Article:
Shuler's allegations, taken as true, do not provide a basis for any of the individual defendants to know that what he or she did, or failed to do, in connection with the termination of Shuler (after determining he had engaged in blogging at work after he had been warned not to do so) constituted a constitutional violation or violations and should have been recognized as such by a similarly situated person holding a supervisory position at an institution of higher learning. This court has looked for, but not found, any constitutional protection for an imagined right to blog on the job.
This might be the biggest load of horse feces ever written by a federal judge. First, the allegations in my complaint are the determining factor, and under "Count One, Violation of First Amendment," I clearly allege that I was terminated for blogging about a matter of public concern. Nowhere do I claim to have a right to "blog on the job," and nowhere does UAB even allege that I was "blogging on the job."
After Acker issued his order, I filed a Motion to Alter or Amend Judgment, outlining Acker's numerous mistakes of fact and law. Such a motion is governed by Rule 59(e) of the Federal Rules of Civil Procedure, and mine can be viewed at the end of this post. In item No. 10 ("Shuler Asserted a Valid First Amendment Claim"), I addressed Acker's contortions on the subject of qualified immunity:
This court dips into bizarre territory when it states that Shuler's "blogging on the job" was not a constitutionally protected act. Why is this bizarre? Because Shuler never claims that "blogging on the job" is a constitutionally protected act. In fact, Shuler claims that he was fired largely because he wrote a blog, on his own time and with his own resources, about matters of public concern--and that is a constitutionally protected act. In no pleadings filed in this case does Shuler claim a right to "blog on the job." He specifically states that he was not blogging on the job and that UAB's own grievance committee found this to be true. Even UAB and its defendants do not claim, in any court document, that Shuler was "blogging on the job." One can only imagine where Judge Acker pulled this notion from.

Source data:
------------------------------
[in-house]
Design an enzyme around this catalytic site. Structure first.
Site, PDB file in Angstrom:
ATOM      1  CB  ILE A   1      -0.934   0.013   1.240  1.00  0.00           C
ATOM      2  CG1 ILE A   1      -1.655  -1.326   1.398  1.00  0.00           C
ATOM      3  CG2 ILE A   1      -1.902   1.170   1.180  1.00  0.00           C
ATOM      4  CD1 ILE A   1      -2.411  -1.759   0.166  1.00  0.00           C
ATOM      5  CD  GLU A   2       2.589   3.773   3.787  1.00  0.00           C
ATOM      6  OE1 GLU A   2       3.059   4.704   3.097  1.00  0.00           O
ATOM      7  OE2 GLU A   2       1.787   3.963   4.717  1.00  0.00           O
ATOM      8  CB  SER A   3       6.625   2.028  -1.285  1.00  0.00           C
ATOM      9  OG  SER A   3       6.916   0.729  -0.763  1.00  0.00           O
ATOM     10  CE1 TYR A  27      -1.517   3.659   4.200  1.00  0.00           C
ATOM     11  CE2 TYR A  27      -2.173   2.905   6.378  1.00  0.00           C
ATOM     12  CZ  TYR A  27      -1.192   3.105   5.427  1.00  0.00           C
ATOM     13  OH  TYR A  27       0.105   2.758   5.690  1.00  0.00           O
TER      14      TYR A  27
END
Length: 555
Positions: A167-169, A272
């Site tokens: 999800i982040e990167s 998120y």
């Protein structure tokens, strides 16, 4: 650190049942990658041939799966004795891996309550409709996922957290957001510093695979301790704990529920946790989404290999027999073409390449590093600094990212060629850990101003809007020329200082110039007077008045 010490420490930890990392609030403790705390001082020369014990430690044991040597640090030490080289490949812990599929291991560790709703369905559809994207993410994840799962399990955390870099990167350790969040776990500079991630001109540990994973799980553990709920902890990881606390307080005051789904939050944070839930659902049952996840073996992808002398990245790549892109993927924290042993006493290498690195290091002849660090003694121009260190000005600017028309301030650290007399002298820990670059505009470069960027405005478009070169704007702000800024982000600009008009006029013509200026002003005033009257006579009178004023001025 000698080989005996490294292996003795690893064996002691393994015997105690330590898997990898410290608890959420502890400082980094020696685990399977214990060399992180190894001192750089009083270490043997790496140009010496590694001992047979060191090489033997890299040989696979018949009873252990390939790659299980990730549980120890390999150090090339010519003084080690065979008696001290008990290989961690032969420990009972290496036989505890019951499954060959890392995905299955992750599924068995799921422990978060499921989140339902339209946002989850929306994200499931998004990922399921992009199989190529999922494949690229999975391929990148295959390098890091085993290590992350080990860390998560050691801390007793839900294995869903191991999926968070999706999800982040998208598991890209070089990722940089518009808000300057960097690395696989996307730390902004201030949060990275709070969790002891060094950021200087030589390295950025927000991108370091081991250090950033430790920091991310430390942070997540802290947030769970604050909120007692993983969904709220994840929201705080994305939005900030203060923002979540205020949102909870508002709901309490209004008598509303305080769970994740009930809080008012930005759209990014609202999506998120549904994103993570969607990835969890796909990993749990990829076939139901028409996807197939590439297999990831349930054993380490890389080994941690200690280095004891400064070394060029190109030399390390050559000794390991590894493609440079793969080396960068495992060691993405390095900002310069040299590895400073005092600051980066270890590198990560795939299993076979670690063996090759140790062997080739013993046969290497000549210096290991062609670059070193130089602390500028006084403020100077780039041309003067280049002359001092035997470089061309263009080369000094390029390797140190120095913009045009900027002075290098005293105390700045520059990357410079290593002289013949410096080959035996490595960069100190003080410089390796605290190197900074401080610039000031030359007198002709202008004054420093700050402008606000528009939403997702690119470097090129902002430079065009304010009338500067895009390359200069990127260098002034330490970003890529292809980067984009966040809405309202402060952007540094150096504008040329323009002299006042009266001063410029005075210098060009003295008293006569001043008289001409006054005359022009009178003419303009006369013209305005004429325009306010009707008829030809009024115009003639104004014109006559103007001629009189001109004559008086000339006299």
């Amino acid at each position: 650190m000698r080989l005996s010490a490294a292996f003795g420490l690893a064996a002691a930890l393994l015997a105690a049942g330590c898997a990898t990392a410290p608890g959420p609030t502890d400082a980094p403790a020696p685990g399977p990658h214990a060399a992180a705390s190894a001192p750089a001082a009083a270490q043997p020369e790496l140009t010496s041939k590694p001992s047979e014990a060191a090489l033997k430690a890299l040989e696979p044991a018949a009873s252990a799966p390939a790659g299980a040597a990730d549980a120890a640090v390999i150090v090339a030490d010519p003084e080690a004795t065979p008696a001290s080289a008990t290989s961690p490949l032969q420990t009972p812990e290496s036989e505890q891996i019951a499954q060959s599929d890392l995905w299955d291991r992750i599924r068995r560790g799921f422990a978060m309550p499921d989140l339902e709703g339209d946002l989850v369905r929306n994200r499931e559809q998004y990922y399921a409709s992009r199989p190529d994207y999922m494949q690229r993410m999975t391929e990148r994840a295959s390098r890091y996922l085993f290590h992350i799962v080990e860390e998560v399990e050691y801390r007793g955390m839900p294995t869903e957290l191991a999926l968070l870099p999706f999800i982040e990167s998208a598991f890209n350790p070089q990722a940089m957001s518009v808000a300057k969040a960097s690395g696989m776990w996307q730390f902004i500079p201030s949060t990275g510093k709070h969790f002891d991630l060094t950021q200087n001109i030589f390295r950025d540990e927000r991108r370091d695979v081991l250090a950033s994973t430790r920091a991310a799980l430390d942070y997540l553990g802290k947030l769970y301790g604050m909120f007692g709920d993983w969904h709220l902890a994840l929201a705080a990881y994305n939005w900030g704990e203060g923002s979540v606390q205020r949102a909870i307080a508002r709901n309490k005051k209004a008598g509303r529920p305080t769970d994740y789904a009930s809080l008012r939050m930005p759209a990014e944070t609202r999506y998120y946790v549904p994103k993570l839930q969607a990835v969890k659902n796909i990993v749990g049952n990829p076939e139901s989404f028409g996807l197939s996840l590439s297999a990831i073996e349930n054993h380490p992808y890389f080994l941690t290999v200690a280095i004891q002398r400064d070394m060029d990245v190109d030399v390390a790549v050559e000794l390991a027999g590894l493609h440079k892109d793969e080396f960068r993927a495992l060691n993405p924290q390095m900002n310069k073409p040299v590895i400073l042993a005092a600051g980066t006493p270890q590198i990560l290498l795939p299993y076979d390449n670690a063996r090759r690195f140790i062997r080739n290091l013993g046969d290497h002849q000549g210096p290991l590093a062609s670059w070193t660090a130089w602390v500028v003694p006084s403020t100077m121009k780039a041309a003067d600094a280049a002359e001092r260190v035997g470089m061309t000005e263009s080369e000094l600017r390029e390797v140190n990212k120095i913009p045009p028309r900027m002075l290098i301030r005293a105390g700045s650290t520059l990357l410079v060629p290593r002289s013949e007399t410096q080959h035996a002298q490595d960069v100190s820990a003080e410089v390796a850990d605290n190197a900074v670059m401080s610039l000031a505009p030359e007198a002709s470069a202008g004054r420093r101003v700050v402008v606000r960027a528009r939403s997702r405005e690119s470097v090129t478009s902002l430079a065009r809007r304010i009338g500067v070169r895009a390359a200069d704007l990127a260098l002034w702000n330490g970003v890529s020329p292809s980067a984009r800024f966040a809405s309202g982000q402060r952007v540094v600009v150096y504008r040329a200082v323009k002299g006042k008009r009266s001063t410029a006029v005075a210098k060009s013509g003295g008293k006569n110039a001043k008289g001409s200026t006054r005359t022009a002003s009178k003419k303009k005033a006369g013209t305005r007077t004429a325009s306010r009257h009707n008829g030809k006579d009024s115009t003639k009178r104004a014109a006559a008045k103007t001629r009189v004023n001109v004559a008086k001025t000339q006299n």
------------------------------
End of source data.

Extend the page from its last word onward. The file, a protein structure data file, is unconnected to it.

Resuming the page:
Actually, I don't have to imagine too hard to figure out where Acker got this notion. He got it from the various political and legal forces who pressured UAB to fire me in the first place. These same forces wanted to ensure that I also got cheated in court.
We already have presented evidence that Acker was influenced by unlawful, ex parte communications in my case--and we've shown that such conduct likely constitutes obstruction of justice and possibly other federal crimes. Acker's references to a supposed "right to blog on the job"--words which are not contained in any document filed by either party in the case--are a clear sign that the judicial process was hopelessly tainted in my case.
This is ugly stuff, but we can find one comedic twist to the whole sordid tale. Acker's own words reveal exactly what he is doing--the judge, in fact, largely unmasks himself.
We are left with this discomforting thought: Bill Acker is a horrible judge, but he might be an even worse criminal. As the Iran-Contra Affair and the Savings and Loan Crisis remind us, Acker has plenty of company from the Reagan era.
(To be continued)